On another note, I'm not implying that societal trends and behavior indicates absolute truth. If that were so then we would have to suppose that the racism in the seventies defined African Americans as having inferior value. I only use social examples because with inscrutable topics such as personal worth, the observational sciences are some of the only data that can be presented without dipping permanently into philosophical reasoning.

Now I want to focus on the push towards egalitarianism. Are all people truly created equal? Picture a post-apocalyptic society. Any illusion of total equality is discarded for a "survival of the fittest" mentality. Those with skills are prioritized, the strongest conquer the weaker for rights to scarce supplies and property. If the weakest were protected, the group as a whole would be weakened as there is simply not enough resources to go around. So why, if it makes sense from an evolutionary standpoint, would egalitarianism be discarded when survival is most important? It seems that equality is a luxury, adopted only in times of plenty and not in fact based in core truth. So as we become more evolved, why push for a concept that is apparently not evolutionarily advantageous?

Now I turn towards things of spirituality. As a follower of Jesus, I turn towards scripture as the source of truth. And I ask myself, was God an egalitarian? He definitely made sure the door to Him was open to all through Jesus. Jesus spent time with the religious leaders, the poor, the rich, and the outcasts of society. He definitely seemed to share a special affection for the downtrodden of society and stated that the rich and "religious" would have an extremely hard time coming to Him but that was not his doing, simply the way it was. The broken realized the need for him more easily, the well-off did not. But in the Old Testament God prioritizes the Israelites, the Chosen people, time after time. He gives victories to His armies, and wipes out entire populations. Populations of people>. The Egyptian army was buried by water as the Jews escaped on dry land. These soldiers were just men following orders, they all had families and lives. They were no more sinful in nature than the Chosen people. Maybe He loved them and valued them, but He also destroyed them. It's a hard truth of scripture. God is a just God, and the price of sin is death. Not all will be saved. Not all are meant to be saved. Some are favored. Before the birth of Christ, obedience is highly valued. After the birth of Christ, faith is highly valued. After the death of Christ, the tables seem to be turned. It makes sense that the value of something is determined by the price paid for it. The price for us suddenly became the blood of the Christ. Invaluable. For those under the grace of the cross, a value is received that is completely separate from all external factors. It is the great equalizer. All the other situations that shake other definitions fall away in the weight of the worth given to the Children of God. Scripture says that He adopts them into His royal family. From the point on that worth is bestowed there is no need for any additions. Wealth, beauty, talent, love, status, or even life have any impact on our worth in God's eyes. Our value is set, and it is SO high. And since I choose God as the bestower of my value, I feel freed to simply BE. In Him, I can simply BE.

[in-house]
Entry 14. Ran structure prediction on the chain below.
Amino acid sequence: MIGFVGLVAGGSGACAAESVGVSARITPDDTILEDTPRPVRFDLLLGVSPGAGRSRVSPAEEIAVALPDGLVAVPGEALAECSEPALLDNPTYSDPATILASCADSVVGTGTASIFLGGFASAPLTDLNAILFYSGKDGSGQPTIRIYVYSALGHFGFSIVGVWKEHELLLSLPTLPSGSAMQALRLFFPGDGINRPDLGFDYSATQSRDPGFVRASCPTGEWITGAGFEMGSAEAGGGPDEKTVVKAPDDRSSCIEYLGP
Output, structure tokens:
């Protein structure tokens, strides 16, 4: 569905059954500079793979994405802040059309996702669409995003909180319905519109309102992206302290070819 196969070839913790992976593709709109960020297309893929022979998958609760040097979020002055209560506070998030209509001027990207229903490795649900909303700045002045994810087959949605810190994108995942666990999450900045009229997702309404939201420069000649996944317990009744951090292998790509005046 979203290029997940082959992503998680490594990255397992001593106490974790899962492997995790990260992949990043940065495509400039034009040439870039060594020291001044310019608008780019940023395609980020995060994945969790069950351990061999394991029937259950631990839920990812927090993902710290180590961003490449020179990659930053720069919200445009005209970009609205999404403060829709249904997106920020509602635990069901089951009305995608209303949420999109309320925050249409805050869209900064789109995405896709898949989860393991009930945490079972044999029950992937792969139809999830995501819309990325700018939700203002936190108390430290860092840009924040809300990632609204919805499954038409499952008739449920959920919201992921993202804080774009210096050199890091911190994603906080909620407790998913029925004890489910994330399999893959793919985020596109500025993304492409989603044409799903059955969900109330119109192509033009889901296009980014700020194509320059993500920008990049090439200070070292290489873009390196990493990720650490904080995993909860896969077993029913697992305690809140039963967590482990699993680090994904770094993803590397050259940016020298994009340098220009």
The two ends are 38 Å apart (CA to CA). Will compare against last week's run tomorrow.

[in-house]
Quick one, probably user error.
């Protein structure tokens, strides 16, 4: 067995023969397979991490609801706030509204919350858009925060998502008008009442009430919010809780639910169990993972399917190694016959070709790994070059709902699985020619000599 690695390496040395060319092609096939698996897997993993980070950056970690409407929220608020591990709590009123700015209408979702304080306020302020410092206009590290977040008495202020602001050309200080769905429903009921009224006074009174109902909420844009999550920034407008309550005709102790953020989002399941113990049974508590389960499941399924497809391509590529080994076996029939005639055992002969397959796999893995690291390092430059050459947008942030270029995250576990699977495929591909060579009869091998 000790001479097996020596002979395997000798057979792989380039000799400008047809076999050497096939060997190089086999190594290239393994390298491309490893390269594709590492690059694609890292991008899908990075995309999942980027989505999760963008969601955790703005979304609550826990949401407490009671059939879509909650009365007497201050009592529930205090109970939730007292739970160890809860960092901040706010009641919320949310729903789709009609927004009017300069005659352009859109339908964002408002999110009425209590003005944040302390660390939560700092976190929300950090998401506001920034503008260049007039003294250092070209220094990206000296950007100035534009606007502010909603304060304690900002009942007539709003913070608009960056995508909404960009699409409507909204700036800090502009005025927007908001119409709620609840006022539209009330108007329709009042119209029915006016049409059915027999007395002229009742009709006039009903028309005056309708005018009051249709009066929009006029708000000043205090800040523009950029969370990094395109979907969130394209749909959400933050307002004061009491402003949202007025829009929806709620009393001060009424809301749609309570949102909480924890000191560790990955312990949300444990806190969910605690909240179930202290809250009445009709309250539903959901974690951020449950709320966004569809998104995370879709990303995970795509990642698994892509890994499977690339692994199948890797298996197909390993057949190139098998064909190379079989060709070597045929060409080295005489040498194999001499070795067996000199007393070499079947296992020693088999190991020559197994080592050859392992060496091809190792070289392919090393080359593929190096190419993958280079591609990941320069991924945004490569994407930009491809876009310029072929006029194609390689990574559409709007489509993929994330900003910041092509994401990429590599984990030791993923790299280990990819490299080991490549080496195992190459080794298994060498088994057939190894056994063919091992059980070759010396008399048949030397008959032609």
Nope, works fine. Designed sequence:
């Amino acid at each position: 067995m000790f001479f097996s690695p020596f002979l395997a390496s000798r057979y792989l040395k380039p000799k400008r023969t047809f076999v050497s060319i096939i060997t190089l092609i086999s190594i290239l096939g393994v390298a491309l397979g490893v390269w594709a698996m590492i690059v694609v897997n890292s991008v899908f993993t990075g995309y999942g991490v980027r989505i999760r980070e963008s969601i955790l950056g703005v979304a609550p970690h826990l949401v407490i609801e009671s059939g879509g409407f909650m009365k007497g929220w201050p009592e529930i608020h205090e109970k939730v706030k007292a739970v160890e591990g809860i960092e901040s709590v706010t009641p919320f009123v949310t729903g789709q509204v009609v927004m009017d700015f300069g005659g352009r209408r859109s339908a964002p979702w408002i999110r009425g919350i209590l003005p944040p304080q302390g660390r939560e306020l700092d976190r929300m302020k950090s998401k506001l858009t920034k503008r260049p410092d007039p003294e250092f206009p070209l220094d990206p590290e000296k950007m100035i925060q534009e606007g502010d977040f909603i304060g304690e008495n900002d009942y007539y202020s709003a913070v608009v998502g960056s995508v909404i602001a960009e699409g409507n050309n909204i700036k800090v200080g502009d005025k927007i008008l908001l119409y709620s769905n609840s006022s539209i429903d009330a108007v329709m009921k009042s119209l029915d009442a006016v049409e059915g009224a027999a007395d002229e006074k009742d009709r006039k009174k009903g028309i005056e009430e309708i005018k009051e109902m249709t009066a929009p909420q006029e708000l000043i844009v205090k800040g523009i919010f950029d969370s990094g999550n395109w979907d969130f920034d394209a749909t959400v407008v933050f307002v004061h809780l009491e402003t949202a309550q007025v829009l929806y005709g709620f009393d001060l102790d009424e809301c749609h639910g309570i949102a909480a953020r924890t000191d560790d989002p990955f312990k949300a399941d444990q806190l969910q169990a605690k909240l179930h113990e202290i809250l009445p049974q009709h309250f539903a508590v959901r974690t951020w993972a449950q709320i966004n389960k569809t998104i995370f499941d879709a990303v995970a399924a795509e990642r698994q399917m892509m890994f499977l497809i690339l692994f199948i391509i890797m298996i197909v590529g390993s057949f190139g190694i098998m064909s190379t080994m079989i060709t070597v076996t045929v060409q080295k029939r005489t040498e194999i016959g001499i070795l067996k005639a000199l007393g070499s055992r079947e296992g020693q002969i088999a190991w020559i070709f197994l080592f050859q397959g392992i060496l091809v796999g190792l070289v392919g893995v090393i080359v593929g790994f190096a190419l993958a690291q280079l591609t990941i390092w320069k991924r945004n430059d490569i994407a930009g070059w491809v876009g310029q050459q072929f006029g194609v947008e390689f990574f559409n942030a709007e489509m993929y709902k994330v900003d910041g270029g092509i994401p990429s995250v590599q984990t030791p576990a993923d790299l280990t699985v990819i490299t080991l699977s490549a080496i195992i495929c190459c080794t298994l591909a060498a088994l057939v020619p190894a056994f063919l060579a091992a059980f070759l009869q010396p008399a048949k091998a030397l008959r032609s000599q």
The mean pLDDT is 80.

I've been processing worth and value for weeks, trying my very best to take God out of the equation and look at it objectively but I find time and time again I simply cannot. It's the only one that makes sense to me, the only one that doesn't leave me an insecure, self-doubting, self-depricating mess. So even if it's wrong and even if no one agrees with me, I like the sense of security and safety in the full knowledge of the value I have. Not because I'm good, special, smart, or anything else I did or could do... but simply because He came to me and He told me so. And thanks to Him, I believe it.

Monday, July 28, 2014

My Head is Spaghetti